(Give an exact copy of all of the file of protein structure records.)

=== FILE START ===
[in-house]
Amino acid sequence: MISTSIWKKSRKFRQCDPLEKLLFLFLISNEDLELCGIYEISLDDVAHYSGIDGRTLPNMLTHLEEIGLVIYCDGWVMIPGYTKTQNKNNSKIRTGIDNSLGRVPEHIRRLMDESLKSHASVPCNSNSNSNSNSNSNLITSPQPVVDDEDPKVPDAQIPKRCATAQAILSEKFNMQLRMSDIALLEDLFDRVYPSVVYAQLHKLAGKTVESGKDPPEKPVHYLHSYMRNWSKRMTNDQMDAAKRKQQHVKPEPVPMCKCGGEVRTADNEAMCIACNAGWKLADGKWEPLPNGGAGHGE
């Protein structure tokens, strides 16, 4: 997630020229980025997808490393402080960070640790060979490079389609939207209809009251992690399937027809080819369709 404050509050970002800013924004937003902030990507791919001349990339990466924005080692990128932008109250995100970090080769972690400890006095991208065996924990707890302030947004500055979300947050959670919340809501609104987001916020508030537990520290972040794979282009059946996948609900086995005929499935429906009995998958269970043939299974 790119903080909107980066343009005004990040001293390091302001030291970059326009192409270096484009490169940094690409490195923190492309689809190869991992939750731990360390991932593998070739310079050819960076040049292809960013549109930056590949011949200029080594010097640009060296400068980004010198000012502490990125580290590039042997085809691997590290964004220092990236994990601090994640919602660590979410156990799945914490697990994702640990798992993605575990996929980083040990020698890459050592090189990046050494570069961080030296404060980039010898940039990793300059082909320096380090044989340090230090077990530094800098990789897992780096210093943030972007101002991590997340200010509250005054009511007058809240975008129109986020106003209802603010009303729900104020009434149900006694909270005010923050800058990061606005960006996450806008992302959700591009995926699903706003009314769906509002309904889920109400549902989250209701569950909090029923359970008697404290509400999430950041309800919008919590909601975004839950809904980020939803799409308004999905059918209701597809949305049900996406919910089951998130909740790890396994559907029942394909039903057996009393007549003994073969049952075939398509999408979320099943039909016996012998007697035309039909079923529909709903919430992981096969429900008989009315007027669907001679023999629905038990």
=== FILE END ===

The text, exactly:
[in-house]
Amino acid sequence: MISTSIWKKSRKFRQCDPLEKLLFLFLISNEDLELCGIYEISLDDVAHYSGIDGRTLPNMLTHLEEIGLVIYCDGWVMIPGYTKTQNKNNSKIRTGIDNSLGRVPEHIRRLMDESLKSHASVPCNSNSNSNSNSNSNLITSPQPVVDDEDPKVPDAQIPKRCATAQAILSEKFNMQLRMSDIALLEDLFDRVYPSVVYAQLHKLAGKTVESGKDPPEKPVHYLHSYMRNWSKRMTNDQMDAAKRKQQHVKPEPVPMCKCGGEVRTADNEAMCIACNAGWKLADGKWEPLPNGGAGHGE
């Protein structure tokens, strides 16, 4: 997630020229980025997808490393402080960070640790060979490079389609939207209809009251992690399937027809080819369709 404050509050970002800013924004937003902030990507791919001349990339990466924005080692990128932008109250995100970090080769972690400890006095991208065996924990707890302030947004500055979300947050959670919340809501609104987001916020508030537990520290972040794979282009059946996948609900086995005929499935429906009995998958269970043939299974 790119903080909107980066343009005004990040001293390091302001030291970059326009192409270096484009490169940094690409490195923190492309689809190869991992939750731990360390991932593998070739310079050819960076040049292809960013549109930056590949011949200029080594010097640009060296400068980004010198000012502490990125580290590039042997085809691997590290964004220092990236994990601090994640919602660590979410156990799945914490697990994702640990798992993605575990996929980083040990020698890459050592090189990046050494570069961080030296404060980039010898940039990793300059082909320096380090044989340090230090077990530094800098990789897992780096210093943030972007101002991590997340200010509250005054009511007058809240975008129109986020106003209802603010009303729900104020009434149900006694909270005010923050800058990061606005960006996450806008992302959700591009995926699903706003009314769906509002309904889920109400549902989250209701569950909090029923359970008697404290509400999430950041309800919008919590909601975004839950809904980020939803799409308004999905059918209701597809949305049900996406919910089951998130909740790890396994559907029942394909039903057996009393007549003994073969049952075939398509999408979320099943039909016996012998007697035309039909079923529909709903919430992981096969429900008989009315007027669907001679023999629905038990």